02 March 2008

Self of Steam

One of the interesting things about being an English teacher is that I get to hear all sorts of funny stories – stories that are, at least, funny to English teachers. They almost invariably involve a student’s improper use of words. A very experienced teacher once told me a story about a high-level student who referred to a character’s loss of confidence as a loss of his “self of steam.” Something had hurt his “self of steam.” Needless to say, the student writer should have had his “self of steam” taken down a few notches.

Many students have little or no idea what the term self esteem means. Many students think that it just means feeling good about themselves or feeling that they are worth something. What’s more, some students have a sense of entitlement when it comes to self esteem, meaning that they believe no one or nothing should threaten their self esteem. It is theirs and it must be enhanced at all times.

What these students miss, what they apparently haven’t been taught well enough, is that self esteem isn’t something that can simply be given or taken. It has to be earned through actions.

Too many times, though, students with over inflated self esteem refuse to see that they are, in fact, learners and mistake prone. Failure – on a small scale – is not as big a deal as it is made out to be. Failure, falling down is the beginning of real success. (Failure is only a huge problem when it becomes a chosen way of life. That’s a whole different problem called learned helplessness. Learned helplessness coupled with sky high self esteem makes for the ugliest problem student in the classroom, and there are too many of them.)

The sad thing, from a teacher’s point of view, about misplaced and unearned high self esteem is that it tends to limit students. Students who worry more about losing face, so to speak, than about learning are bound to achieve less then they ought. Saving face implies falling down, jumping back up and being indignant that the fall never occurred. Learning involves failure, recovery, and reattempting. Truly durable self esteem only comes through the latter. The former is vacuous and (seemingly) easy.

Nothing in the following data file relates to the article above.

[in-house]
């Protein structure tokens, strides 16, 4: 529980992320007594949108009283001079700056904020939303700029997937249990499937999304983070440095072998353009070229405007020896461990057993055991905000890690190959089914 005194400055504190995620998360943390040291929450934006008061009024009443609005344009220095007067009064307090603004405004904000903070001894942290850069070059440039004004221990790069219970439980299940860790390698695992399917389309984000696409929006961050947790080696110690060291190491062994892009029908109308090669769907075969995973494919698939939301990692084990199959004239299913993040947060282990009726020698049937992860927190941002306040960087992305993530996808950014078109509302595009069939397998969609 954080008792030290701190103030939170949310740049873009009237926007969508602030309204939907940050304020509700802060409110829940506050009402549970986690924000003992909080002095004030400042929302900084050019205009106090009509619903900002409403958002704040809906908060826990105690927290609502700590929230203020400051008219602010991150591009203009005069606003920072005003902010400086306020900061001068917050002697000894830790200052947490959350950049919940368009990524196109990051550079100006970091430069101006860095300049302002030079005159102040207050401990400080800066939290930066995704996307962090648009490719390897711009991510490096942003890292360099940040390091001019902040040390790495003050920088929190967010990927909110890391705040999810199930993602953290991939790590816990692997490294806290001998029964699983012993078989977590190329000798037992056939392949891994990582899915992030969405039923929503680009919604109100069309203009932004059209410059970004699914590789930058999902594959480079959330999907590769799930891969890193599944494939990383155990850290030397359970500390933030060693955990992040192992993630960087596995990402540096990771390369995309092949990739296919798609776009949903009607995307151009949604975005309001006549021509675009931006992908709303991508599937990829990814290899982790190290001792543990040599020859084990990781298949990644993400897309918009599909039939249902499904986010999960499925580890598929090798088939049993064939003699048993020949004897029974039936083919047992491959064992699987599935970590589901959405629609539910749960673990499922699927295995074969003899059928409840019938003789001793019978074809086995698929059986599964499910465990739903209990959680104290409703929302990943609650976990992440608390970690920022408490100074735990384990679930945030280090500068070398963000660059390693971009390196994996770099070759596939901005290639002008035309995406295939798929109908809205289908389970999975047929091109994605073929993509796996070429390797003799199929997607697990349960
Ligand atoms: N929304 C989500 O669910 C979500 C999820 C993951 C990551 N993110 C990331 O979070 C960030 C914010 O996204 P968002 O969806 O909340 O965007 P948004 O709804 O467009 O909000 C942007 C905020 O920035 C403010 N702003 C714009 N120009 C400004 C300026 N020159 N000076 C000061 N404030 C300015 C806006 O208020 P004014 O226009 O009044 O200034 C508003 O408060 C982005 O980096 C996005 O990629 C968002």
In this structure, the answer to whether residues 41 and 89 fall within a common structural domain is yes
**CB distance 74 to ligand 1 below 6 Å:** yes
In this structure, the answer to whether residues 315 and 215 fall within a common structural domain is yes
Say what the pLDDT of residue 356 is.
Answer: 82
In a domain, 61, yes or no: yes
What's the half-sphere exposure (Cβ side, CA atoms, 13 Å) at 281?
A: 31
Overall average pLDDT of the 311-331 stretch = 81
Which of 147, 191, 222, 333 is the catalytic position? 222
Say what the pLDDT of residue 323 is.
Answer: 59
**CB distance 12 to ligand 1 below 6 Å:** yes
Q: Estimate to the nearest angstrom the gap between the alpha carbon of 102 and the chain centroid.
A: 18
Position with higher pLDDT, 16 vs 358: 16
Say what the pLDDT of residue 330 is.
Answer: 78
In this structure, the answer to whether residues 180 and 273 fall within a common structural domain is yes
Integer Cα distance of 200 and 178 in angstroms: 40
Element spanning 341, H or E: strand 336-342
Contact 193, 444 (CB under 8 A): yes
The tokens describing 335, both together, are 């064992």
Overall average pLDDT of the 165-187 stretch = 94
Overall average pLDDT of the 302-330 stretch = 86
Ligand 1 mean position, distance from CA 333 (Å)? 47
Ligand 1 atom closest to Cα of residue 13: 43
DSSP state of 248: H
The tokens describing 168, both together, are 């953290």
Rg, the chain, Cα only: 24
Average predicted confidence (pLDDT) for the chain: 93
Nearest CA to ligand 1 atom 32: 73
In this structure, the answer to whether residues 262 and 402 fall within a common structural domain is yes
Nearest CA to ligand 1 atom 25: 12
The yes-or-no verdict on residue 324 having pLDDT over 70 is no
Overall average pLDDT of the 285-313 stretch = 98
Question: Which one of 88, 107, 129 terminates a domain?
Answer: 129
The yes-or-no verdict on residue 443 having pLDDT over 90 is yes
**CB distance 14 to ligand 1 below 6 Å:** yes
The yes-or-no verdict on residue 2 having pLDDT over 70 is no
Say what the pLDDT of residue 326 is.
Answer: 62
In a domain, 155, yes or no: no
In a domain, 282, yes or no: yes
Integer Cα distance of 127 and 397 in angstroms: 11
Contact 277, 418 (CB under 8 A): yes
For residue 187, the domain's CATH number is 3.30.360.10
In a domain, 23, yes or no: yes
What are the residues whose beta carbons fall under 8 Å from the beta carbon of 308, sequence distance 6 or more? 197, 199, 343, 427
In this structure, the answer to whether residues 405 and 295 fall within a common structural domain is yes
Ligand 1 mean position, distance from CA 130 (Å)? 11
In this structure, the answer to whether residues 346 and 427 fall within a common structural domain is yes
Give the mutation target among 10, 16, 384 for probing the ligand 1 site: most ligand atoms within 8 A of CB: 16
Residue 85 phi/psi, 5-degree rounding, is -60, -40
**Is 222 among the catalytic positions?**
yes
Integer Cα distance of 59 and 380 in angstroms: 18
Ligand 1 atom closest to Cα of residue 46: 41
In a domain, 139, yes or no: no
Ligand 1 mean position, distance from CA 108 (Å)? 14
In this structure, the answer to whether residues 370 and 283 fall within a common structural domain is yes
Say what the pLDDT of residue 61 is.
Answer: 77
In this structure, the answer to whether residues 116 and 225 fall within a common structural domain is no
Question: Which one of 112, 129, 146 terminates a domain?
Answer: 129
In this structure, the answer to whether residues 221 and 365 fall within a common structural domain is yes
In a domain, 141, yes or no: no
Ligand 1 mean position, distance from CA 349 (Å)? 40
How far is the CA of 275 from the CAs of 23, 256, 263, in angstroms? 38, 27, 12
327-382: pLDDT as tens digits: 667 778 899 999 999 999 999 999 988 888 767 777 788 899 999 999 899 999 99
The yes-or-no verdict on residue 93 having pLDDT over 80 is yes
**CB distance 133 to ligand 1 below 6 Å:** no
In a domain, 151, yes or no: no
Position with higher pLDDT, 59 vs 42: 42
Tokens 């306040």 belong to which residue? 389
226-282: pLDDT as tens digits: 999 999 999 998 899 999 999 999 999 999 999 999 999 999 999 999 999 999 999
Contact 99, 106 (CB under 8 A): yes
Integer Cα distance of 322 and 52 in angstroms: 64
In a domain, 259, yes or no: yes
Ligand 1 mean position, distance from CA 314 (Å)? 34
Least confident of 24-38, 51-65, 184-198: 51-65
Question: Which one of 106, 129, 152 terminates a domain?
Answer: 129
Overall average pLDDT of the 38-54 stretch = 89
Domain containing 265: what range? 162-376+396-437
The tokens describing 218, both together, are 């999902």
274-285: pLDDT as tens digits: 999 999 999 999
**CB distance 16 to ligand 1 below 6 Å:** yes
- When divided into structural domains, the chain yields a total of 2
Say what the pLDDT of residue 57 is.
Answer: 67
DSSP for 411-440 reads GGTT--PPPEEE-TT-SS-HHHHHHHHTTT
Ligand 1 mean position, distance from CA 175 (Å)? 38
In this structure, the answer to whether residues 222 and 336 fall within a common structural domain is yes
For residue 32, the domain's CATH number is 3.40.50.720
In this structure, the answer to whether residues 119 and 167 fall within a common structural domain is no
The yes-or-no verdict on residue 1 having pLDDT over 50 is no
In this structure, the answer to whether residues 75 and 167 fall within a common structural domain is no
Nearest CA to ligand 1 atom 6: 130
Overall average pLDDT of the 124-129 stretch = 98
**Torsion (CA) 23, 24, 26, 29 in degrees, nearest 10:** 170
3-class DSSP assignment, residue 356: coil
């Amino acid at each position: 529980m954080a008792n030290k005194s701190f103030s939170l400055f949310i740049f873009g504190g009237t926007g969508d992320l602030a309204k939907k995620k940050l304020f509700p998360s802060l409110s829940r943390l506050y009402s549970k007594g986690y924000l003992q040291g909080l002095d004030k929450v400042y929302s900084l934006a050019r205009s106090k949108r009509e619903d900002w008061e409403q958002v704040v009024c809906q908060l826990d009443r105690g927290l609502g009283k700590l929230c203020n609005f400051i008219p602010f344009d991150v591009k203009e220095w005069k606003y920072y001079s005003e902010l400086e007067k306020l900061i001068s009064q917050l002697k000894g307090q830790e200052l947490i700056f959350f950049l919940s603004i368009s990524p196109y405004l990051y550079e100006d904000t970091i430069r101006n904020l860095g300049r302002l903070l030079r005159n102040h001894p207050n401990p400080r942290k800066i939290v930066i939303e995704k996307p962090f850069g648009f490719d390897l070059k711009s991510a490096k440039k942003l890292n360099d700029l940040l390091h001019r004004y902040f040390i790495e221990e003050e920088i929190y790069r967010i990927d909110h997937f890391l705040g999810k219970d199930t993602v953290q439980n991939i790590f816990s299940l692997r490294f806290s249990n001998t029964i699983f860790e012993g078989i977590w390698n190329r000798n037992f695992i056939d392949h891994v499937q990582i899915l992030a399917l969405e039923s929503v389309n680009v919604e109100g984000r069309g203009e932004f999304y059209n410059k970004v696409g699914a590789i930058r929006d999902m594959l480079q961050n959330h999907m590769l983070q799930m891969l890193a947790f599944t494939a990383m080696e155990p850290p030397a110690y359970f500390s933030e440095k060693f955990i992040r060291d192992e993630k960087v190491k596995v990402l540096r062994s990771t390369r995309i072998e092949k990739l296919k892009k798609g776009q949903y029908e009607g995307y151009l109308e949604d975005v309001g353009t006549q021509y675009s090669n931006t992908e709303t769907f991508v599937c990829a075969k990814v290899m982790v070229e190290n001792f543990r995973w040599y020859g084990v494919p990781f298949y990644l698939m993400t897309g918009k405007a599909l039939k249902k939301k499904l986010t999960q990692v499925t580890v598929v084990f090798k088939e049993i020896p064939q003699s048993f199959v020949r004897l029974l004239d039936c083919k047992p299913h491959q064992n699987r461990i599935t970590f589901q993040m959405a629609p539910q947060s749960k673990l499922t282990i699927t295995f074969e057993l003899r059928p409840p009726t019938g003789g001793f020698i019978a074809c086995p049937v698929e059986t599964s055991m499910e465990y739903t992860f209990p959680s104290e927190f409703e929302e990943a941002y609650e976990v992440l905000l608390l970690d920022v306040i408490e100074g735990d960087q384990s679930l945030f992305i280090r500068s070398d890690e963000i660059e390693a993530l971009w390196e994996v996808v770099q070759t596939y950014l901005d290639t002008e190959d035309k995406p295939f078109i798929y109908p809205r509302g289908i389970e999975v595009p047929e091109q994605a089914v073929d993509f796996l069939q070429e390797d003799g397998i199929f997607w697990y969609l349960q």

I say seemingly because at some point the student will leave the cocoon of public education and enter the real world. The adult world tends to deal with unwarranted self esteem in a quick and cruel manner. Better the student learns the lesson while still a student.

The way I try to overcome over inflated self esteem in the classroom is by letting my students know up front that I expect them to fail at some point in my class. I also let them know that the failure is not the important thing I let them know that it’s the getting up, the getting back on the horse that is important. I back this up with many stories of my own failures…and more importantly, what I did afterwards. This fail-recover-succeed cycle is where durable self esteem comes from. Once students understand and embrace this, learning occurs on a more rapid, predictable basis.

1 comment:

Jack N said...